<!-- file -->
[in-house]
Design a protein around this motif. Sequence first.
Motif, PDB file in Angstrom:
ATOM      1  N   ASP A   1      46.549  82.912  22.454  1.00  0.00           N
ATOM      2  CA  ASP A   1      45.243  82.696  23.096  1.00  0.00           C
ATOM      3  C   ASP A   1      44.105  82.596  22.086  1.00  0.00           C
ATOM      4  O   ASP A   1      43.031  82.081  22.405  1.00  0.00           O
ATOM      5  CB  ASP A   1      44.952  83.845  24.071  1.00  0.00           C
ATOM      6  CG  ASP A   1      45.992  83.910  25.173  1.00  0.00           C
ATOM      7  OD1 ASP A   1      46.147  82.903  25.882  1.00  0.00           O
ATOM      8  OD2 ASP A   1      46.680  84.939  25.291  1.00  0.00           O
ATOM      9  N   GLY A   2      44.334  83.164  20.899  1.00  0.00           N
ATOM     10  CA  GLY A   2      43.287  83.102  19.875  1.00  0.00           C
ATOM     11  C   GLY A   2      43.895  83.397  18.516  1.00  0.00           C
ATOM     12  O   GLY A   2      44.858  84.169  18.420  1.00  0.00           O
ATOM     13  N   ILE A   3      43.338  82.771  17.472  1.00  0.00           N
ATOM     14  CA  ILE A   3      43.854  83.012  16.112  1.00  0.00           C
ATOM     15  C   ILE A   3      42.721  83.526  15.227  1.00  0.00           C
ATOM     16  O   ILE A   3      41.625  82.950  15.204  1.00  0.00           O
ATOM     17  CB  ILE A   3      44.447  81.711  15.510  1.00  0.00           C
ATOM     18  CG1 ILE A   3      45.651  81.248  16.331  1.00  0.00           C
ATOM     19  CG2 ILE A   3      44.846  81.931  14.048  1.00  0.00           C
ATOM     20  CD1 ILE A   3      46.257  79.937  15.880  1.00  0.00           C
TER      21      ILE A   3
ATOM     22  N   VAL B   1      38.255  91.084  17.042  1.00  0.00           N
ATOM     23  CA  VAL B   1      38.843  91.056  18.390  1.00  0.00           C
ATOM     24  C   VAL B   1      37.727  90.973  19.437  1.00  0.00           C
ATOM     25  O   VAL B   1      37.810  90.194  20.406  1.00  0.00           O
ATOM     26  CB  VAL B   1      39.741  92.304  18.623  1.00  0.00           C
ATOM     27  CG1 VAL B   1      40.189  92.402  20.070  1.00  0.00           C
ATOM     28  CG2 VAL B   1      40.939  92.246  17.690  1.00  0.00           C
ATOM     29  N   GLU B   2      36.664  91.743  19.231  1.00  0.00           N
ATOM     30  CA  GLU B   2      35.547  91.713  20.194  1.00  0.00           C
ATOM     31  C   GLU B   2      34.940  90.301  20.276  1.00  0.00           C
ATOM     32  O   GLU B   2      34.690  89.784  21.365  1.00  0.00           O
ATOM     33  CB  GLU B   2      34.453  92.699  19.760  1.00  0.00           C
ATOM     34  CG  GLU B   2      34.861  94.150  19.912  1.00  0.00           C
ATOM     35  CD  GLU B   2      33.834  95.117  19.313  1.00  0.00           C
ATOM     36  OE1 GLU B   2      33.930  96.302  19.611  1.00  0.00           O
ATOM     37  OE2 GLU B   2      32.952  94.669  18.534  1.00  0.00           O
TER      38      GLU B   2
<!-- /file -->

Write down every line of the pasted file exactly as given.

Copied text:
[in-house]
Design a protein around this motif. Sequence first.
Motif, PDB file in Angstrom:
ATOM      1  N   ASP A   1      46.549  82.912  22.454  1.00  0.00           N
ATOM      2  CA  ASP A   1      45.243  82.696  23.096  1.00  0.00           C
ATOM      3  C   ASP A   1      44.105  82.596  22.086  1.00  0.00           C
ATOM      4  O   ASP A   1      43.031  82.081  22.405  1.00  0.00           O
ATOM      5  CB  ASP A   1      44.952  83.845  24.071  1.00  0.00           C
ATOM      6  CG  ASP A   1      45.992  83.910  25.173  1.00  0.00           C
ATOM      7  OD1 ASP A   1      46.147  82.903  25.882  1.00  0.00           O
ATOM      8  OD2 ASP A   1      46.680  84.939  25.291  1.00  0.00           O
ATOM      9  N   GLY A   2      44.334  83.164  20.899  1.00  0.00           N
ATOM     10  CA  GLY A   2      43.287  83.102  19.875  1.00  0.00           C
ATOM     11  C   GLY A   2      43.895  83.397  18.516  1.00  0.00           C
ATOM     12  O   GLY A   2      44.858  84.169  18.420  1.00  0.00           O
ATOM     13  N   ILE A   3      43.338  82.771  17.472  1.00  0.00           N
ATOM     14  CA  ILE A   3      43.854  83.012  16.112  1.00  0.00           C
ATOM     15  C   ILE A   3      42.721  83.526  15.227  1.00  0.00           C
ATOM     16  O   ILE A   3      41.625  82.950  15.204  1.00  0.00           O
ATOM     17  CB  ILE A   3      44.447  81.711  15.510  1.00  0.00           C
ATOM     18  CG1 ILE A   3      45.651  81.248  16.331  1.00  0.00           C
ATOM     19  CG2 ILE A   3      44.846  81.931  14.048  1.00  0.00           C
ATOM     20  CD1 ILE A   3      46.257  79.937  15.880  1.00  0.00           C
TER      21      ILE A   3
ATOM     22  N   VAL B   1      38.255  91.084  17.042  1.00  0.00           N
ATOM     23  CA  VAL B   1      38.843  91.056  18.390  1.00  0.00           C
ATOM     24  C   VAL B   1      37.727  90.973  19.437  1.00  0.00           C
ATOM     25  O   VAL B   1      37.810  90.194  20.406  1.00  0.00           O
ATOM     26  CB  VAL B   1      39.741  92.304  18.623  1.00  0.00           C
ATOM     27  CG1 VAL B   1      40.189  92.402  20.070  1.00  0.00           C
ATOM     28  CG2 VAL B   1      40.939  92.246  17.690  1.00  0.00           C
ATOM     29  N   GLU B   2      36.664  91.743  19.231  1.00  0.00           N
ATOM     30  CA  GLU B   2      35.547  91.713  20.194  1.00  0.00           C
ATOM     31  C   GLU B   2      34.940  90.301  20.276  1.00  0.00           C
ATOM     32  O   GLU B   2      34.690  89.784  21.365  1.00  0.00           O
ATOM     33  CB  GLU B   2      34.453  92.699  19.760  1.00  0.00           C
ATOM     34  CG  GLU B   2      34.861  94.150  19.912  1.00  0.00           C
ATOM     35  CD  GLU B   2      33.834  95.117  19.313  1.00  0.00           C
ATOM     36  OE1 GLU B   2      33.930  96.302  19.611  1.00  0.00           O
ATOM     37  OE2 GLU B   2      32.952  94.669  18.534  1.00  0.00           O
TER      38      GLU B   2